asked for hunters to contribute for a planting program. I know that I would be more than happy if some kind of program like that was started and I would support it. The Fishing Creek waterfowl area
is typical of the failed system of MARSH projects in north Georgia.
The area was originally designed as a series of shallow ponds
that could be planted and then flooded for hunts. When the area first opened it was a huge hit, guys litterally lined up at the gate and waited their turn to hunt the area, it was managed very well.
The problems soon started when management declined, the beavers took over and planting stopped, blinds were allowed to wrought. No one from DNR ever requested help on these projects.
I know that their were and still are individuals who are willing to
contribute time and money if we know projects will be maintained.
The problem with most Marsh projects in north Georgia is we have
created nothing more than little shooting holes, these don,t HOLD birds. Planting large areas probably is the best solution for food sources on the big north Georgia lakes but it's not very likely to ever happen unless a lot of us that hunt these lakes are willing to bite the bullet and make it happen. The biologist with DNR and the Corp are good people and know what they are doing, but they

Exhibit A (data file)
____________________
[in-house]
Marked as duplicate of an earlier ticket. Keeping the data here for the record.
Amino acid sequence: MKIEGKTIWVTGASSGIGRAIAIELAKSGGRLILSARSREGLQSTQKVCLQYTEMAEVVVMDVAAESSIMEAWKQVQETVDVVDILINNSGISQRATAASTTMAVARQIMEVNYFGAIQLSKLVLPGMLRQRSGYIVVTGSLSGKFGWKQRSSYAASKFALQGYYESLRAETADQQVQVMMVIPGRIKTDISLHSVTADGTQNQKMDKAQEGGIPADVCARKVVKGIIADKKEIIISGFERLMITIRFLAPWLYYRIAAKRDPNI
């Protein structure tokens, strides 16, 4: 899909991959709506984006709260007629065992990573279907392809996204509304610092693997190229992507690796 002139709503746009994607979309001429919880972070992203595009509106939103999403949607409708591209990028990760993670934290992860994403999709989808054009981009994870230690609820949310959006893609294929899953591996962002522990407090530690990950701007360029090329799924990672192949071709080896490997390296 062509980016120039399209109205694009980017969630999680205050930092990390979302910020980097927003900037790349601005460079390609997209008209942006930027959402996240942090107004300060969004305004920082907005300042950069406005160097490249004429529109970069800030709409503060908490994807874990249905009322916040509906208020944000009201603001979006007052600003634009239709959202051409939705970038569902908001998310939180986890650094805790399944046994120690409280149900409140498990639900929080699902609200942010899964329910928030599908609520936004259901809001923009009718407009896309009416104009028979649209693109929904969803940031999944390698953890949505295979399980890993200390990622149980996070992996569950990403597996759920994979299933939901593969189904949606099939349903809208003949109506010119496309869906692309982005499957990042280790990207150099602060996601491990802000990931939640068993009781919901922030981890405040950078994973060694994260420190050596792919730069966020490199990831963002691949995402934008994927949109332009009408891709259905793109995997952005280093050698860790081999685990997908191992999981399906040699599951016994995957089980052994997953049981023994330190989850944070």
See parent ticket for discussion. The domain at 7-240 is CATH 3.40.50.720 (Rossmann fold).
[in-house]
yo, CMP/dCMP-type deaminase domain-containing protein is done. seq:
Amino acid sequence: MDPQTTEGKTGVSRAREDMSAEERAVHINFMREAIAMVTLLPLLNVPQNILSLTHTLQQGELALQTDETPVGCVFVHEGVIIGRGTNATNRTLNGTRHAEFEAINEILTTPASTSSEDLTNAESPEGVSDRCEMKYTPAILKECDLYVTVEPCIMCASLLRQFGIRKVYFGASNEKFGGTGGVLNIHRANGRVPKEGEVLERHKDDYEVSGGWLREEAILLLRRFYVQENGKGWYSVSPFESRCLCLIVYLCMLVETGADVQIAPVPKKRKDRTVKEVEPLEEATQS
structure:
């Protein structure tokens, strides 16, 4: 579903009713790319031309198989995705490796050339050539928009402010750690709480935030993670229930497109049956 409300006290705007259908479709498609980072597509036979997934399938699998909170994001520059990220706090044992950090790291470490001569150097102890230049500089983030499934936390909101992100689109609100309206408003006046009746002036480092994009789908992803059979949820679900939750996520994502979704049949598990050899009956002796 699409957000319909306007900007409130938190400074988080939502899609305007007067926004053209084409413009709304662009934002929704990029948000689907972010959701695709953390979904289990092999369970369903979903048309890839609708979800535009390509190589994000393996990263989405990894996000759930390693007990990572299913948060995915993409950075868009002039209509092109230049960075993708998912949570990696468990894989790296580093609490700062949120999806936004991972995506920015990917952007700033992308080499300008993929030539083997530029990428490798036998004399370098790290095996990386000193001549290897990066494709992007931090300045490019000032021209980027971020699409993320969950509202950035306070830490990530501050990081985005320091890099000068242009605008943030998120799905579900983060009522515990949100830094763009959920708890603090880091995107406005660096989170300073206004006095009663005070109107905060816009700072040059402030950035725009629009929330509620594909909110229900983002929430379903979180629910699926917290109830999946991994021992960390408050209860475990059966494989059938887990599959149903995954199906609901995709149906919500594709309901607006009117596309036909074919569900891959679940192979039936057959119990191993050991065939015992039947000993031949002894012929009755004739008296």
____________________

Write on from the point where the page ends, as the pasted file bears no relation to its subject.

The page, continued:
have limited resources and manpower. I believe we could bring some great waterfowl hunting to north Georgia, but it will take time and lot of dollars and work. Let's chat this up, maybe somebody will have a great idea.
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Postby Dep6 » Tue Jan 29, 2008 12:59 pm

Your right about the Geese mowing it down, I was in on planting Juliette like that several years back when the Georgia Waterfowlers Association tried to do it with the Boy Scouts but the geese and the deer mowed it all down.
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Postby GA Quackhead » Wed Jan 30, 2008 7:46 am